Statistics and Computing

, Volume 9, Issue 2, pp 91–99 | Cite as

Pointwise and functional approximations in Monte Carlo maximum likelihood estimation

  • Anthony Y. C. Kuk
  • Yuk W. Cheng


We consider the use of Monte Carlo methods to obtain maximum likelihood estimates for random effects models and distinguish between the pointwise and functional approaches. We explore the relationship between the two approaches and compare them with the EM algorithm. The functional approach is more ambitious but the approximation is local in nature which we demonstrate graphically using two simple examples. A remedy is to obtain successively better approximations of the relative likelihood function near the true maximum likelihood estimate. To save computing time, we use only one Newton iteration to approximate the maximiser of each Monte Carlo likelihood and show that this is equivalent to the pointwise approach. The procedure is applied to fit a latent process model to a set of polio incidence data. The paper ends by a comparison between the marginal likelihood and the recently proposed hierarchical likelihood which avoids integration altogether.

EM algorithm Gibbs sampling hierarchical likelihood importance sampling marginal likelihood Newton Raphson procedure random effects 


Unable to display preview. Download preview PDF.

Unable to display preview. Download preview PDF.


  1. Anderson, D. A. and Aitkin, M. A. (1985) Variance component models with binary response: interviewer variability. J. R. Statist. Soc. B, 47, 203–210.Google Scholar
  2. Breslow, N. E. and Clayton, D. G. (1993) Approximate inference in generalized linear mixed models. J. Am. Statist. Ass., 88, 9–25.Google Scholar
  3. Chan, K. S. and Ledolter, J. (1995) Monte Carlo EM estimation for time series models involving counts. J. Amer. Statist. Assoc., 90, 242–252.Google Scholar
  4. Crouch, E. A. C. and Spiegelman, D. (1990) The evaluation of integrals of the from ∫ f(t)exp(–t 2)dt: application to logistic-normal models. J. Am. Statist. Ass., 85, 464–469.Google Scholar
  5. Dempster, A. P., Laird, N. M. and Rubin, D. B. (1977) Maxi-mum likelihood from incomplete data via the EM algorithm (with discussion). J. R. Statist. Soc. B, 39, 1–38.Google Scholar
  6. Geyer, C. J. (1994) On the convergence of Monte Carlo maxi-mum likelihood calculations. J. R. Statist. Soc. B., 56, 261–274.Google Scholar
  7. Geyer, C. J. and Thompson, E. A. (1992) Constrained maximum likelihood for dependent data (with discussion). J. R. Statist. Soc. B., 54, 657–699.Google Scholar
  8. Karim, M. R. and Zeger, S. L. (1992) Generalized linear models with random effects; salamander mating revisited. Biometrics, 48, 631–644.Google Scholar
  9. Kleinman, J. C. (1973) Proportions with extraneous variance: single and independent samples. J. Amer. Statist. Assoc., 68, 46–54.Google Scholar
  10. Kuk, A. Y. C. and Cheng, Y. W. (1997) The Monte Carlo Newton-Raphson algorithm. J. Statist. Comput. Simul., 59, 233–250.Google Scholar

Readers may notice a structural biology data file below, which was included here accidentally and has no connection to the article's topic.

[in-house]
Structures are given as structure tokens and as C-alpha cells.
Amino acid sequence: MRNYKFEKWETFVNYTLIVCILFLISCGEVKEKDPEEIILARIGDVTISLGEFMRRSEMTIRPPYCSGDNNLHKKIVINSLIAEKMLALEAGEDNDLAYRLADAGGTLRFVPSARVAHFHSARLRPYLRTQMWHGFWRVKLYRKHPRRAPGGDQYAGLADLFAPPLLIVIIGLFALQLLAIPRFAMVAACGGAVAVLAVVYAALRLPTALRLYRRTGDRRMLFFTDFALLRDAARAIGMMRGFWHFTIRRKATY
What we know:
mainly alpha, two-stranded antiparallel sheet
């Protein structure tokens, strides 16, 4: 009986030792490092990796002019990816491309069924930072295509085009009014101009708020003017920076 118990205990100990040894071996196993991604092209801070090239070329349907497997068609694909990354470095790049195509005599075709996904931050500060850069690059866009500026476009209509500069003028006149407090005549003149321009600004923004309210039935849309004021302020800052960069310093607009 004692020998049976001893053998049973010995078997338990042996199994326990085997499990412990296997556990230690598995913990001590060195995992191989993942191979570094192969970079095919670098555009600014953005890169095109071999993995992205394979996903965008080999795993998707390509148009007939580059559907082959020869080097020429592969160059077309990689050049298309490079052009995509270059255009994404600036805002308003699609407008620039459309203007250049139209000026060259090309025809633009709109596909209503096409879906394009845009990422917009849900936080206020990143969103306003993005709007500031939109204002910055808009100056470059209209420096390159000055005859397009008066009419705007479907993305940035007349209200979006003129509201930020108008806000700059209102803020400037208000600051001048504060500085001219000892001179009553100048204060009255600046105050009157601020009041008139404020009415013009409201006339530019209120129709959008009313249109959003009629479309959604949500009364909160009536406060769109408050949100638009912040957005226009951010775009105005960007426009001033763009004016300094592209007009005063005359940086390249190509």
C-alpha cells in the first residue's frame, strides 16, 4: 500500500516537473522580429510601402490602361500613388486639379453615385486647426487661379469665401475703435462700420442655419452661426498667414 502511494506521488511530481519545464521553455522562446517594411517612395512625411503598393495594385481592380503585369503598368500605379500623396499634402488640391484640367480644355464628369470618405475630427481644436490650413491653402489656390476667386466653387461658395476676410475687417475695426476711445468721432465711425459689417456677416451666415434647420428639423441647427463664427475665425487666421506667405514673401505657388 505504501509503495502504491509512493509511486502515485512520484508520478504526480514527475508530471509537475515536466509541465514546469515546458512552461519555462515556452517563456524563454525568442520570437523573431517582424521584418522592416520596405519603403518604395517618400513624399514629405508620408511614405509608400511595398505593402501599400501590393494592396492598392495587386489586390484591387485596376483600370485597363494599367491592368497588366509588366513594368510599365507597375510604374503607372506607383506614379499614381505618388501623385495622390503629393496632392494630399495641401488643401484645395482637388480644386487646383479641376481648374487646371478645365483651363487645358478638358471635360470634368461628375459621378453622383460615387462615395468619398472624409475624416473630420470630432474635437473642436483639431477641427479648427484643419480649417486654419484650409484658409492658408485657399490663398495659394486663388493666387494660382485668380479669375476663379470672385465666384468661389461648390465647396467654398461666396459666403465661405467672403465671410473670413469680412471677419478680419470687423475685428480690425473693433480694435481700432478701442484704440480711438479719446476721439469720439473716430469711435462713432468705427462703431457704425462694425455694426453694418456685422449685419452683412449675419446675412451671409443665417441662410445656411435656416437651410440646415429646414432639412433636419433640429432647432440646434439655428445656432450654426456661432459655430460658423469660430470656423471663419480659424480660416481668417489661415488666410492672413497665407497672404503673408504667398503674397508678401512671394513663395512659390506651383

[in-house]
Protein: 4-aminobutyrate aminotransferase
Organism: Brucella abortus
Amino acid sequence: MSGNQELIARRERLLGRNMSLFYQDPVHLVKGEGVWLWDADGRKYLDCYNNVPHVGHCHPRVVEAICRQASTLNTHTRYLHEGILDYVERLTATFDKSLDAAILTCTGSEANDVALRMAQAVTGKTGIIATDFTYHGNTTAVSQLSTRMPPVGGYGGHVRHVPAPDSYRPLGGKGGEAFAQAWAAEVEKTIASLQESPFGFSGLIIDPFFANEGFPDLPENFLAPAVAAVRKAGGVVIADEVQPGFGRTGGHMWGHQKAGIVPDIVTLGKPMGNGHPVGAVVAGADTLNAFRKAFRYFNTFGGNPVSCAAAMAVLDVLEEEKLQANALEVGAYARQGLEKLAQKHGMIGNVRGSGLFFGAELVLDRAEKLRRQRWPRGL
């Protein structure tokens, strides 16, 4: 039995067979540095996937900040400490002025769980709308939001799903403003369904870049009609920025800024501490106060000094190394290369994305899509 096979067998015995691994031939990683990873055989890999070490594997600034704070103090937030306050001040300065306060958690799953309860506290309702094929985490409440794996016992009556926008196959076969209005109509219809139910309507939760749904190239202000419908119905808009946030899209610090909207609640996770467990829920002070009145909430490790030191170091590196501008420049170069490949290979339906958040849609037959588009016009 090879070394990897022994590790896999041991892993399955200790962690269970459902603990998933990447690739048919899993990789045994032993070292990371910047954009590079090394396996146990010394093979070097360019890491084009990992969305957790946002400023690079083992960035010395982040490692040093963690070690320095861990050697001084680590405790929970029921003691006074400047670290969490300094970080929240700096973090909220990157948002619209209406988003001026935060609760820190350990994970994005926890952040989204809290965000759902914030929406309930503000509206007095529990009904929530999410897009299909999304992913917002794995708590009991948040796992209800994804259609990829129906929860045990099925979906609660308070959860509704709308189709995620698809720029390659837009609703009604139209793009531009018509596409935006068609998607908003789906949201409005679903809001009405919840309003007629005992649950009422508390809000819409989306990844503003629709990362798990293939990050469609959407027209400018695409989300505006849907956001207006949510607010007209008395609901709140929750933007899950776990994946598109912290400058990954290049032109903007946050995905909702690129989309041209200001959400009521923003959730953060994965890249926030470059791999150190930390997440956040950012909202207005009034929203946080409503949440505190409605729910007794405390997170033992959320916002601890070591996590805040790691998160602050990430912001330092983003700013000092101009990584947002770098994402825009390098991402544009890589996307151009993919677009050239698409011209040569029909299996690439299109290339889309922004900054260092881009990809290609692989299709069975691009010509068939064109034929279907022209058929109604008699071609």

11. Lange, K. (1995) A gradient algorithm locally equivalent to the EM algorithm. J. R. Statist. Soc. B, 57, 425–437.Google Scholar
  12. Lee, Y. and Nelder, J. A. (1996) Hierarchical generalized linear models (with discussion). J. R. Statist. Soc. B, 58, 619–678.Google Scholar
  13. Louis, T. A. (1982) Finding the observed information matrix when using the EM algorithm. J. R. Statist. Soc. B, 44, 226–233.Google Scholar
  14. McCulloch, C. E. (1997) Maximum likelihood algorithms for generalized linear mixed models. J. Am. Statist. Assoc., 92, 162–170.Google Scholar
  15. McGilchrist, C. A. (1994) Estimation in generalized mixed mod-els. J. R. Statist. Soc. B, 56, 61–69.Google Scholar
  16. McGilchrist, C. A. and Aisbett, C. W. (1991a) Restricted BLUP for mixed linear models. Biometr. J., 32, 545–550.Google Scholar
  17. McGilchrist, C. A. and Aisbett, C. W. (1991b) Regression with frailty in survival analysis. Biometrics, 47, 461–466.Google Scholar
  18. Penttinen, A. (1984) Modelling interaction in spatial point pat-terns: parameter estimation by the maximum likelihood method. Jy. Stud. Comput. Sci. Econ. Statist., 7, 1–105Google Scholar
  19. Schall, R. (1991) Estimation in generalised linear models with random effects. Biometrika, 78, 719–727.Google Scholar
  20. Smith, D. M. (1983) Maximum likelihood estimation of the pa-rameters of the beta binomial distribution. Applied Statist., 32, 196–204.Google Scholar
  21. Wei, G. C. G. and Tanner, M. A. (1990) A Monte Carlo imple-mentation of the EM algorithm and the poor man's data augmentation algorithms. J. Amer. Statist. Assoc., 85, 699–704.Google Scholar
  22. Weil, C. S. (1970) Selection of the valid number of sampling units and consideration of their combination in toxicological studies involving reproduction, teratogenesis or carcinogen-esis. Food and Cosmetic Toxicology, 8, 177–182.Google Scholar
  23. Zeger, S. L. (1988) A regression model for time series of counts. Biometrika, 75, 621–629.Google Scholar

Copyright information

© Kluwer Academic Publishers 1999

Authors and Affiliations

  • Anthony Y. C. Kuk
  • Yuk W. Cheng

There are no affiliations available

Personalised recommendations